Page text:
With respect to both theories of liability—aiding and abetting and JCE—it is important to note that the First Amended Complaint focuses exclusively on the corporate defendants’ substantial assistance to the South African security forces. Plaintiffs are not suing defendants for their general business activities in South Africa during apartheid, or even for their business dealings with the South African government in general. Rather, Plaintiffs have identified the key companies that supplied armaments, military vehicles, computerized racial passbook systems, and financing to the security forces with full knowledge that these strategic military assets would facilitate the maintenance and enforcement of apartheid.

According to the plaintiff’s lawyers, the present New York Circuit Court judge appears most concerned about how banks should be brought in to the lawsuit. In the February 2009 hearing, Hausfeld pointed out that any banks that today provide financial services to terrorist organisations are subject to prosecution. The apartheid state is as obvious a case of a terrorist organization as any, and thus should also be subject to tort claims.

In their strategic retreat to limit the plaintiffs to nine not three dozen corporations (a retreat not fully popular with the Jubilee component of the struggle), Hausfeld and McOwen probably increased the likelihood of a formal trial by jury this year – if the appeal to dismiss is rejected by the New York Circuit Court, as is now anticipated in mid-2009 – and potentially a pathbreaking victory.  On the one hand, winning again in the Court of Appeals and Supreme Court is also possible if a slim majority upholds the claims, given that they are narrower than before. But on the other hand, this strategy diminishes the merits of the apartheid profits lawsuit for more general attacks on corporate malfeasance in Africa and elsewhere. (Another possibility, inbetween, is an out of court settlement, such as the German and Swiss firms paid Holocaust victims’ descendants.)

Khulumani describes their amended lawsuit as targeting those ‘companies that did profitable business by (knowingly) equipping the apartheid security agencies with the means of enforcing and sustaining apartheid.’ The Khulumani lawsuit ‘asks for compensation for injuries on behalf of individual victims who fall into four classes of victims. The decision regarding compensation would be based on standards established in international law’ (Jobson, 2009).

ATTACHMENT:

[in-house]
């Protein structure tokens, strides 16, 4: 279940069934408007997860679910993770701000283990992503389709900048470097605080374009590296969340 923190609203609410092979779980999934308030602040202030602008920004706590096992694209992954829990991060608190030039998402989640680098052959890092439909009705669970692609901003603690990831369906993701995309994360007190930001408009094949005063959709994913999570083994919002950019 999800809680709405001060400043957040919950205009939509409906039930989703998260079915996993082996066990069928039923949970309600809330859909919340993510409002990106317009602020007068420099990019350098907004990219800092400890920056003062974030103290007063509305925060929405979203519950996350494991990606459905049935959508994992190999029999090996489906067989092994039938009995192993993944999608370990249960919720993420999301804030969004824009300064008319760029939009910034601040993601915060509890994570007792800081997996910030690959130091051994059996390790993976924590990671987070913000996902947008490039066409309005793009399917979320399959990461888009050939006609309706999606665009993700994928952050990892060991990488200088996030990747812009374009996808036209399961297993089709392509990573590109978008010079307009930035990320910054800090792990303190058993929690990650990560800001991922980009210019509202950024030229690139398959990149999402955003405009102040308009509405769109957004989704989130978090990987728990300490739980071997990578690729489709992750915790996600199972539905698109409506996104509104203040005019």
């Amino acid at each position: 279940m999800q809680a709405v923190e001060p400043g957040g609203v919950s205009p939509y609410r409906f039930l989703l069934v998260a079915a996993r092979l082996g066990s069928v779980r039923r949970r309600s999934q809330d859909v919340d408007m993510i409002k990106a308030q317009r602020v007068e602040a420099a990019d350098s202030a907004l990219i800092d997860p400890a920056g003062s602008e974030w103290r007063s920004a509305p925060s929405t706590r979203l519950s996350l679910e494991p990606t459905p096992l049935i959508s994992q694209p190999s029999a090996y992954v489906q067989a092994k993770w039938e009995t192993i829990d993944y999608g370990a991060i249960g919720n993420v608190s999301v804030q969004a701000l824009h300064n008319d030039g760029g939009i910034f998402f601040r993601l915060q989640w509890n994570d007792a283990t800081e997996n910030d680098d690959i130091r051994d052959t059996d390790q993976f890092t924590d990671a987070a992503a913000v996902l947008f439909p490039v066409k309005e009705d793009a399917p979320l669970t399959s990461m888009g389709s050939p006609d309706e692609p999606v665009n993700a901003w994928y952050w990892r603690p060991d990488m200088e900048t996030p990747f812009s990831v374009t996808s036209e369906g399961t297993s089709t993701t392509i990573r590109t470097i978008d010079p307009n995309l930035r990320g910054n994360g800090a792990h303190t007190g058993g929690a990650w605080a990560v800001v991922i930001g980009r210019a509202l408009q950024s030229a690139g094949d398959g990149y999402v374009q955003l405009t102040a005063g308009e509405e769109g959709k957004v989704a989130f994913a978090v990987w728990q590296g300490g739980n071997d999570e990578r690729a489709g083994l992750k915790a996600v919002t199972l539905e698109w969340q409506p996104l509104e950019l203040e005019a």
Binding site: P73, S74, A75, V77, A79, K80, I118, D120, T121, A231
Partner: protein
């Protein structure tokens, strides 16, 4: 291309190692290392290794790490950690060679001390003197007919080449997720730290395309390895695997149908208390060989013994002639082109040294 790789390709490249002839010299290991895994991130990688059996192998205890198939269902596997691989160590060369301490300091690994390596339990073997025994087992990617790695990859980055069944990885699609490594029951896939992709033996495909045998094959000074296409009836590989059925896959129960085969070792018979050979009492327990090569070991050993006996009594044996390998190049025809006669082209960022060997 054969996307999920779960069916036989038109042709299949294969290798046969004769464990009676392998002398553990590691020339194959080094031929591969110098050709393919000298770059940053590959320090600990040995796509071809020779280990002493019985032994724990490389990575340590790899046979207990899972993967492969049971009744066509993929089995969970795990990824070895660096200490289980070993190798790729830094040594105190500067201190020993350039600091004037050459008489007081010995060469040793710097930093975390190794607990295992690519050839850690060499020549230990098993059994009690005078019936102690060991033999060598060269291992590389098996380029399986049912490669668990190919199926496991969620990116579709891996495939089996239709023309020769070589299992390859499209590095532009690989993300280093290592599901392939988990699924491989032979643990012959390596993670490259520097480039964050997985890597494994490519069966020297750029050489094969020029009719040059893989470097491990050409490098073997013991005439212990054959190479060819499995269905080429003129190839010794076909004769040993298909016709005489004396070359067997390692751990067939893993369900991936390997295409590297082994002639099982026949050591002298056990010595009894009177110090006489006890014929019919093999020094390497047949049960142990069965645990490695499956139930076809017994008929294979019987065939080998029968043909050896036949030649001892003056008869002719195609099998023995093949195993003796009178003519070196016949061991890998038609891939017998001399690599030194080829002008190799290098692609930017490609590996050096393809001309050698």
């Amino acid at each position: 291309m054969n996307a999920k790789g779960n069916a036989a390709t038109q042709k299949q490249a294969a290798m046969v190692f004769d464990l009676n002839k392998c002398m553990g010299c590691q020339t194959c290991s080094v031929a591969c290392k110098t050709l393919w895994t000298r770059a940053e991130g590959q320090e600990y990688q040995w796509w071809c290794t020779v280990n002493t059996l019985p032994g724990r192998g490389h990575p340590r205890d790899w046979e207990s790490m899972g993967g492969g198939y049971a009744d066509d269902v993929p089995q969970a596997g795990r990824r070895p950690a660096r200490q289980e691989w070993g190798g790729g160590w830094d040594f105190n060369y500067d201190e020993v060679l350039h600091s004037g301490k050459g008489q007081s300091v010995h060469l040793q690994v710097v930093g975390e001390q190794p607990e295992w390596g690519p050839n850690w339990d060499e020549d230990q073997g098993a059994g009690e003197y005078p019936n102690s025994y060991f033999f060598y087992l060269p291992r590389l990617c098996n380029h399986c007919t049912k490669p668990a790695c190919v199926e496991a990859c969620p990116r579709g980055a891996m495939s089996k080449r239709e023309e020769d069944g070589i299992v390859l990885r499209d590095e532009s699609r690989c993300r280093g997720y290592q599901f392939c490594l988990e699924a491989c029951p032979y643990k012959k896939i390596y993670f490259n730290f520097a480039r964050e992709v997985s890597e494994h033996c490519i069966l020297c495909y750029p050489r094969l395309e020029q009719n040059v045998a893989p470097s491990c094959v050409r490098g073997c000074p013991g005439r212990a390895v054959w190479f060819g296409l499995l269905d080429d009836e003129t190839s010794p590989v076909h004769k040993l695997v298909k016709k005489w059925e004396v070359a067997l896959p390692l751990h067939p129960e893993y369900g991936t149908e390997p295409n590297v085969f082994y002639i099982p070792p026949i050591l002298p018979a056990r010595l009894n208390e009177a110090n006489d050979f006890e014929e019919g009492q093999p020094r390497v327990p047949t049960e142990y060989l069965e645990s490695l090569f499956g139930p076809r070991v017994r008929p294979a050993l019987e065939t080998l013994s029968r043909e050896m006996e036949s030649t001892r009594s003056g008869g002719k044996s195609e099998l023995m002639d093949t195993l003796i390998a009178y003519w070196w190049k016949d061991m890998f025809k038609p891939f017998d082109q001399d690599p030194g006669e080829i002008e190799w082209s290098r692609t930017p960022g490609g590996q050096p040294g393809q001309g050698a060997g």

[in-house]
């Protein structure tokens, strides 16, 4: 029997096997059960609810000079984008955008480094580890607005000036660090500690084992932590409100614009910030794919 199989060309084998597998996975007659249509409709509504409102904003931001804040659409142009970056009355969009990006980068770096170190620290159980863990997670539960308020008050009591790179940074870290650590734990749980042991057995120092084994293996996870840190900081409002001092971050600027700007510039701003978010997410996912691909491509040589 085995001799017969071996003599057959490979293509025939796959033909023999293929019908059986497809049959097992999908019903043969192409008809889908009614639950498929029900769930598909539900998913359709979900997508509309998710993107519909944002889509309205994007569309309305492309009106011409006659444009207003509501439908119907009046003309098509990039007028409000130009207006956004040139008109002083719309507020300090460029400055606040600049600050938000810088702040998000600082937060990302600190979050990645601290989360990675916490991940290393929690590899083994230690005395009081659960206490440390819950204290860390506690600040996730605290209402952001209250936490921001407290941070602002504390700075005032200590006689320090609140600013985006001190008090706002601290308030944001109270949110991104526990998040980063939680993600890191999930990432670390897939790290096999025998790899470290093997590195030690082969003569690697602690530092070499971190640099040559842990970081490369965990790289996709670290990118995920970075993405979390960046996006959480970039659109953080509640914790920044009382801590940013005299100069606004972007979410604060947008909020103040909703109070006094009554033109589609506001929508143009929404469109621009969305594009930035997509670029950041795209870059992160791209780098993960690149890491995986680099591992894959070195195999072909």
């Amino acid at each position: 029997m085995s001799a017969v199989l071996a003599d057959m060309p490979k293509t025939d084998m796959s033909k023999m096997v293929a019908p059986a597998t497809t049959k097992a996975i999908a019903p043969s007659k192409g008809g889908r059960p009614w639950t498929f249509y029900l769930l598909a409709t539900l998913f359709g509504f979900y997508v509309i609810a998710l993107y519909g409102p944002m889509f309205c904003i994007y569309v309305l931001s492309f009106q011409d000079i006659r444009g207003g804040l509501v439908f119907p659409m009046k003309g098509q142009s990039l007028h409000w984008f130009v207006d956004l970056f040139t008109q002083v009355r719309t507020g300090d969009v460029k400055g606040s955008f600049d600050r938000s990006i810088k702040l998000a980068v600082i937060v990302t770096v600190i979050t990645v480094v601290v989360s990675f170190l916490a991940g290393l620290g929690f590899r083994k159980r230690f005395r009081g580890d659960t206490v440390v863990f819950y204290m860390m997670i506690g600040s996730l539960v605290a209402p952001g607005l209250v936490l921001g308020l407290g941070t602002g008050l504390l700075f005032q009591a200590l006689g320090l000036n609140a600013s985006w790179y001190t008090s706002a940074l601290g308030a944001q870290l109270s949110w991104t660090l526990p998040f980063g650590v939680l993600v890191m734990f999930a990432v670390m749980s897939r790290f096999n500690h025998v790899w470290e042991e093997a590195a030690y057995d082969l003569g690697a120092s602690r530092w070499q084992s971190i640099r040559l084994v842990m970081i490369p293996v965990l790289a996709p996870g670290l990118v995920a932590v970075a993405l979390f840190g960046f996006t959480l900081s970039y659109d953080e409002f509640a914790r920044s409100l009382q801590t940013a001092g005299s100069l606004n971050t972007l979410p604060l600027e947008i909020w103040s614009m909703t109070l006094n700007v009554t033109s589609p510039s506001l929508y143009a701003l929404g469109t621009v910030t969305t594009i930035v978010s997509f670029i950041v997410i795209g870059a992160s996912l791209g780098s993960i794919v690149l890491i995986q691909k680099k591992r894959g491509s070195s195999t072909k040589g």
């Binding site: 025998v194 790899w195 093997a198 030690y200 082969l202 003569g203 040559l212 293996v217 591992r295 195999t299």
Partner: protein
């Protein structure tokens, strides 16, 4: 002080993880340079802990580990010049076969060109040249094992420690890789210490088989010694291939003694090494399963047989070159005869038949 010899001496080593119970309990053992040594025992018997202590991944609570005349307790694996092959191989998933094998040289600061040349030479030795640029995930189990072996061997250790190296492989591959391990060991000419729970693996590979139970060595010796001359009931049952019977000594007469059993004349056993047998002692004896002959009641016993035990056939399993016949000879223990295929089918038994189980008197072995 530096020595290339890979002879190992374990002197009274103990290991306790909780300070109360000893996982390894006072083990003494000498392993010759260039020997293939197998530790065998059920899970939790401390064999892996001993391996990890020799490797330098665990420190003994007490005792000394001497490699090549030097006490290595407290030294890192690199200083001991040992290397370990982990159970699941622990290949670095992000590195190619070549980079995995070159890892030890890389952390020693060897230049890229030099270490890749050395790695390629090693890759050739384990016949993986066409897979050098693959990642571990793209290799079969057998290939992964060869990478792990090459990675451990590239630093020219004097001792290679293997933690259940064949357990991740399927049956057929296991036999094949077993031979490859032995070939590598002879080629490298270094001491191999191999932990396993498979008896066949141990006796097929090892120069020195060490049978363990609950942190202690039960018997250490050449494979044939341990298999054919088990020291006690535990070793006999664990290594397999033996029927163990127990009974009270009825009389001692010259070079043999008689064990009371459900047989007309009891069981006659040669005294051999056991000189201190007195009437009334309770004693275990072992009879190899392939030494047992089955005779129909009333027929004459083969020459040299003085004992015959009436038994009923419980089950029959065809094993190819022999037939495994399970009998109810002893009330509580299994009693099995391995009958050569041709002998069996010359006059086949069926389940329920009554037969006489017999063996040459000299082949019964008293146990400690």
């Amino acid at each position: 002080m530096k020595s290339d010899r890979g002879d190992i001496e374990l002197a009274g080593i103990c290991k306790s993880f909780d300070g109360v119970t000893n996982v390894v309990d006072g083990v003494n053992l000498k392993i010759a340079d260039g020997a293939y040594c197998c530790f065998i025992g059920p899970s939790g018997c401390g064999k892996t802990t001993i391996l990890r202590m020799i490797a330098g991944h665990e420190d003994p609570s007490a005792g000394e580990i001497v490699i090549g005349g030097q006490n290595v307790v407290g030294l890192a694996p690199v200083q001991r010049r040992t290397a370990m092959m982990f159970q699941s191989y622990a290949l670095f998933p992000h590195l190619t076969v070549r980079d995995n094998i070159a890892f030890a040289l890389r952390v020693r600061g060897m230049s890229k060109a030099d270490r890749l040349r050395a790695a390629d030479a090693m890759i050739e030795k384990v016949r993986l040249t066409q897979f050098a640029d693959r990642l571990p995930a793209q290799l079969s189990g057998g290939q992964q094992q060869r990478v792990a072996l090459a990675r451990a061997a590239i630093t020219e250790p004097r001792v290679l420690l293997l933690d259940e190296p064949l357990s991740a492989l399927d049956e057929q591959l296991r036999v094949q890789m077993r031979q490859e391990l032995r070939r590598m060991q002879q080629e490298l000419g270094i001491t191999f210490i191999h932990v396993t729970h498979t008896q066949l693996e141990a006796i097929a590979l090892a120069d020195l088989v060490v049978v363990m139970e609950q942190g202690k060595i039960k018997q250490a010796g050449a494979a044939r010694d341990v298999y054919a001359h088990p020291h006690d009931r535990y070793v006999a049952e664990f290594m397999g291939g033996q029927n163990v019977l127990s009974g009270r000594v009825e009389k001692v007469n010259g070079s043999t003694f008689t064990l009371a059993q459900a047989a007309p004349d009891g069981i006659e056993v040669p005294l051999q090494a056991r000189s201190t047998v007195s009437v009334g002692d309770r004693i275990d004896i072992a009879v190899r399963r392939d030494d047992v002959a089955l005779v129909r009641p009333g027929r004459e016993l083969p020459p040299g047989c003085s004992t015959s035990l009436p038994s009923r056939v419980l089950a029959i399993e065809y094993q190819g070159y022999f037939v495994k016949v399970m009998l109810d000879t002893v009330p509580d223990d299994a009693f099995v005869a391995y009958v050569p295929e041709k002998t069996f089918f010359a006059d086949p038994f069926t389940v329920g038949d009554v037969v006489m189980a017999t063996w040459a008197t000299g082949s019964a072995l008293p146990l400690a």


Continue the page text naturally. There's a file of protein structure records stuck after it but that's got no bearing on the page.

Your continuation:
A common cause?

Those attacks on the record of malevolent firms and even colonial-era states are at a relatively high level of intensity at present. Other cases include claims by the Herero people against Germany for genocide carried out between 1904-08 (Sarkin 2008), and ATCA cases against firms which despoiled the Niger Delta. For example, the case Bowoto v. Chevron was heard in November 2008 in San Francisco, with Chevron acquitted by a district court in a jury trial. The case originated a decade earlier, when Nigerian armed forces worked closely with Chevron security, a period during which the Nigerian army killed two unarmed Ilaje community members engaged in a sit-in at the firm’s Parabe Platform. Others were permanently injured and indeed tortured by the military. In February, Chevron (whose record profits in 2008 amounted to $23.8 billion) rubbed salt in the Ilaje people’s wounds by seeking reimbursement of $485,000 in legal fees for the case, including $190,000 in photocopying charges (Paddock 2009). Justice in Nigeria Now is the Ilaje people’s representative in the US, and their lawyer Bert Voorhees remarked of Chevron, ‘They are trying to bring this cost bill as a warning to any other folks who might seek justice’ (Paddock, 2009). The case was lost again on appeal on March 4 in the District Court for the Northern District of California, but Voorhees plans another appeal, due to ‘insufficient evidence for the defence verdict, erroneous legal rulings, and prejudicial misconduct by Chevron’s lawyers.’

An impressive network has emerged to support the Ilaje. In addition to Voorhees’ firm and Justice for Nigeria Now, it included EarthRights International, the private law firms of Hadsell Stormer Keeny Richardson & Renick and Siegel & Yee, and Cindy Cohn and the Electronic Frontier Foundation, Robert Newman, Paul Hoffman, Richard Wiebe, Anthony DiCaprio, Michael Sorgen, Judith Chomsky and the Center for Constitutional Rights. Many of these organizations are also supportive of the Movement for the Survival of the Ogoni People, whose leader Ken Saro Wiwa and 8 other Ogoni activists were executed by the Abacha regime in November 1995. Shell was kicked out of Ogoniland in mid-2008. Wiwa’s son Ken is taking Shell to the New York courts for alleged ‘complicity for human rights abuses against the Ogoni people in Nigeria, including summary execution, crimes against humanity, torture, inhumane treatment, arbitrary arrest, wrongful death, assault and battery, and infliction of emotional distress’ (as Justice in Nigeria Now, 2008, puts it). In a case filed in 1996 but only going to court on April 27 2009, Wiwa is invoking not only ATCA but also the Torture Victim Protection Act and Racketeer Influenced and Corrupt Organizations Act. Crucial to these cases’ progress will be the kind of high-profile public campaigning associated with the apartheid reparations campaign.